Washington, DC –
U.S. Trade Representative Rob Portman announced today the United States has
submitted new proposals to increase market access for environmental goods and
improve disciplines on fisheries subsidies. The United States has submitted
these proposals to advance WTO negotiations aimed at improving environmental
stewardship and expanding economic opportunities.
"Eliminating tariffs and non-tariff barriers to environmental goods will
result in greater access for, and lower the cost of, technologies and products
that support governments’ environment and development goals, such as improved
sanitation and reduced air pollution," said Ambassador Portman. "The U.S.
proposals underscore our commitment to trade policies that promote clean air and
water and wise management of natural resources."
The United States, joined by six other WTO Members (Canada, the European
Communities, New Zealand, Norway, Singapore, and Switzerland), introduced a
proposal today that would eliminate tariffs on environmental products, such as
solar panels and wind turbines, and addresses non-tariff barriers to these
Global trade in the environmental goods covered by the U.S. proposal totalled
approximately $400 billion in 2004. WTO Members charge duties as high as 70
percent on some environmental goods, impeding access to these important
technologies. By reducing the prices of environmental goods through substantial
reduction or elimination of import tariffs and specific non-tariff barriers,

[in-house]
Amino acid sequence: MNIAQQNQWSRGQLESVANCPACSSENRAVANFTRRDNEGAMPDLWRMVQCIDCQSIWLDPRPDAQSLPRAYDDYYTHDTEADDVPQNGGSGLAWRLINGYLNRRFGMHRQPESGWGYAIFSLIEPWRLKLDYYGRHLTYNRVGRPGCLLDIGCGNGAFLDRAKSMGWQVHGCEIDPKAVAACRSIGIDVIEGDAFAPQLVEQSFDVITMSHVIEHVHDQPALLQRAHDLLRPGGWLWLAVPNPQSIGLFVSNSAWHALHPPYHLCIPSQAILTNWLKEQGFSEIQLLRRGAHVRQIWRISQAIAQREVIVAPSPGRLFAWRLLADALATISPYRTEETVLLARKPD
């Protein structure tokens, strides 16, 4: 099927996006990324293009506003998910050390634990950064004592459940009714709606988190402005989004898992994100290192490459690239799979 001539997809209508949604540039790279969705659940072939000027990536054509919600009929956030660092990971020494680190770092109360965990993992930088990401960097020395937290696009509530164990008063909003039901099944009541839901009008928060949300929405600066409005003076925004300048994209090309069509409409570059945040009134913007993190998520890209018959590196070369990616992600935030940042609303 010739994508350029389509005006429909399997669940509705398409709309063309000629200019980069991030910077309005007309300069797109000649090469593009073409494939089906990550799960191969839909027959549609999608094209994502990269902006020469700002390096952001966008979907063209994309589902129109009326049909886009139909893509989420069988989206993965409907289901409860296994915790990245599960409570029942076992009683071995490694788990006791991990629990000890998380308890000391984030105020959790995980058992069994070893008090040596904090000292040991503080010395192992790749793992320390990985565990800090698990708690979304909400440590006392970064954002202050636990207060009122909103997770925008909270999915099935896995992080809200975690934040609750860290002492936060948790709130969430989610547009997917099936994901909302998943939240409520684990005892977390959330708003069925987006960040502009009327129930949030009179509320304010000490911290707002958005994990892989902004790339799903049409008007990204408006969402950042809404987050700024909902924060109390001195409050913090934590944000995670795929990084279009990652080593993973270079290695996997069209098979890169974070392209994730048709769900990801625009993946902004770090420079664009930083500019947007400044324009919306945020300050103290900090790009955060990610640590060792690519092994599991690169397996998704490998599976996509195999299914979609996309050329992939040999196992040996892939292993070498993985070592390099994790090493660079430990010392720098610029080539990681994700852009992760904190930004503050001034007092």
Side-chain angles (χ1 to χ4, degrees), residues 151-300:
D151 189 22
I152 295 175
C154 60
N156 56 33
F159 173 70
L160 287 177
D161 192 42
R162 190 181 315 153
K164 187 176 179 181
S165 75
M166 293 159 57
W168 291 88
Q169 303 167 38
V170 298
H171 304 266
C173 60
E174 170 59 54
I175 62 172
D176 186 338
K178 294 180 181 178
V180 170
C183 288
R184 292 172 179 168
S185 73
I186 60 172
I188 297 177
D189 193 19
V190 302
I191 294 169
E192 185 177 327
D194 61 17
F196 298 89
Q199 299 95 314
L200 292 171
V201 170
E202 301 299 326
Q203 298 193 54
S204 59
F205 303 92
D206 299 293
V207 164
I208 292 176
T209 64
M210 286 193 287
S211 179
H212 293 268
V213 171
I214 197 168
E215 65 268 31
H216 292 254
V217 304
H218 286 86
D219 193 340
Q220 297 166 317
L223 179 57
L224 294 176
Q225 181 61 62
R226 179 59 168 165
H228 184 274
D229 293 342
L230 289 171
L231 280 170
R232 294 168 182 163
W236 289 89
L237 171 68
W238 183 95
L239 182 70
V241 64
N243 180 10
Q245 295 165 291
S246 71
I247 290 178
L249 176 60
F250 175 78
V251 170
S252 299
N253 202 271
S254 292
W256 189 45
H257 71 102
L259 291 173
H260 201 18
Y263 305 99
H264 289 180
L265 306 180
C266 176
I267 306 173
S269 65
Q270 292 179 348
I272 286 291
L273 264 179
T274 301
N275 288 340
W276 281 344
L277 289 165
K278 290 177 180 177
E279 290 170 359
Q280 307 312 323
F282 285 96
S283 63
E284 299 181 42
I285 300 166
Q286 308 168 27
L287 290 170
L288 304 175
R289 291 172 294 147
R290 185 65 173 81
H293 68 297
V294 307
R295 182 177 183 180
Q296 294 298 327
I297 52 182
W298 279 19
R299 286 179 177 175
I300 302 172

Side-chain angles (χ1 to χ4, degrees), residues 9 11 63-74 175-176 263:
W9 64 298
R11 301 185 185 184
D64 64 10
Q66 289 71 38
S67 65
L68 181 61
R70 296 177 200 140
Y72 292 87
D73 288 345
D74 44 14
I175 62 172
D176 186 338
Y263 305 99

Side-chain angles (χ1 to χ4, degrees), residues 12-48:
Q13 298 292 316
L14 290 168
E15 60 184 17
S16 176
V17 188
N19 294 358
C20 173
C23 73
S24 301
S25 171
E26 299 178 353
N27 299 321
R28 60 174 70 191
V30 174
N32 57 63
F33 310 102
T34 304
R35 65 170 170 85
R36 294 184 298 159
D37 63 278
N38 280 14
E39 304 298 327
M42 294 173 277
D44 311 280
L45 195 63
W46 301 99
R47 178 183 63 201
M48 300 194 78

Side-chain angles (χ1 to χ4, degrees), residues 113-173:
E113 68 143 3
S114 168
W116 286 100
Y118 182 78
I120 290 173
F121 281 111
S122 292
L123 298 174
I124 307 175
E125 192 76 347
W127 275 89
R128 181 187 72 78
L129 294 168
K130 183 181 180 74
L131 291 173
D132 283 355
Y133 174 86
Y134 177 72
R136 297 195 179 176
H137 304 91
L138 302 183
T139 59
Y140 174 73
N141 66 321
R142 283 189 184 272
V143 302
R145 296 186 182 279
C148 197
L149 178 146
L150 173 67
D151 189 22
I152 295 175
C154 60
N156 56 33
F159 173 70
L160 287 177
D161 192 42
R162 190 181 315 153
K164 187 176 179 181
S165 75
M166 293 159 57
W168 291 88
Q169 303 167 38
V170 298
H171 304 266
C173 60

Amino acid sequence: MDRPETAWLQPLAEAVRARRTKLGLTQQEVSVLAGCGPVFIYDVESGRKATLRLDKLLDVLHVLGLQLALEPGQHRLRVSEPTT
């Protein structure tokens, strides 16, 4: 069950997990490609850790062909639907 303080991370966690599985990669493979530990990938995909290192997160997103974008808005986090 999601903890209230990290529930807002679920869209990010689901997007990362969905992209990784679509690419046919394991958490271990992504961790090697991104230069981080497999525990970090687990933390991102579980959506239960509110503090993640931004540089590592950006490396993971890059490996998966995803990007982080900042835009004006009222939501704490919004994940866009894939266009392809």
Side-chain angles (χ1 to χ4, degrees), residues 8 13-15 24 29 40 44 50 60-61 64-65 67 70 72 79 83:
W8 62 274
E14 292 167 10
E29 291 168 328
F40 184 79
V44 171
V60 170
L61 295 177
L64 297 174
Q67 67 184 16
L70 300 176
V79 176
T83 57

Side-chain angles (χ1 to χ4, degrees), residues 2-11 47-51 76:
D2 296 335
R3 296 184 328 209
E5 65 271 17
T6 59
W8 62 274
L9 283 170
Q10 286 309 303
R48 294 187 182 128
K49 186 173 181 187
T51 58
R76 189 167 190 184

such as customs delays, WTO Members can improve access to products needed to
prevent pollution and meet their sustainable development goals.
According to data on environmental indicators available from the World Bank
and World Resources Institute, countries that trade more environmental goods
either have less pollution or consume energy more efficiently, or both.
In addition to the proposal to improve trade flows in environmental goods,
the United States submitted proposed text for discussion this week in the WTO
fisheries subsidies negotiations. The proposed text addresses two key issues in
the negotiations: how government programs to remove excess fishing capacity
should be treated in the context of stronger rules; and how to enhance effective
coordination between the WTO and other international organizations with
fisheries expertise, such as the UN Food and Agriculture Organization. The U.S.
submission builds on previous efforts by the United States to seek new WTO rules
that prohibit harmful fisheries subsidies that contribute to over-capacity and
Both proposals are available at www.ustr.gov.
 United Nations Merchandise Trade.
 "Tariffs and Trade in Environmental Goods" by Mr. Robert Teh and Mr.
Bijit Bora is available at the WTO website (www.wto.org).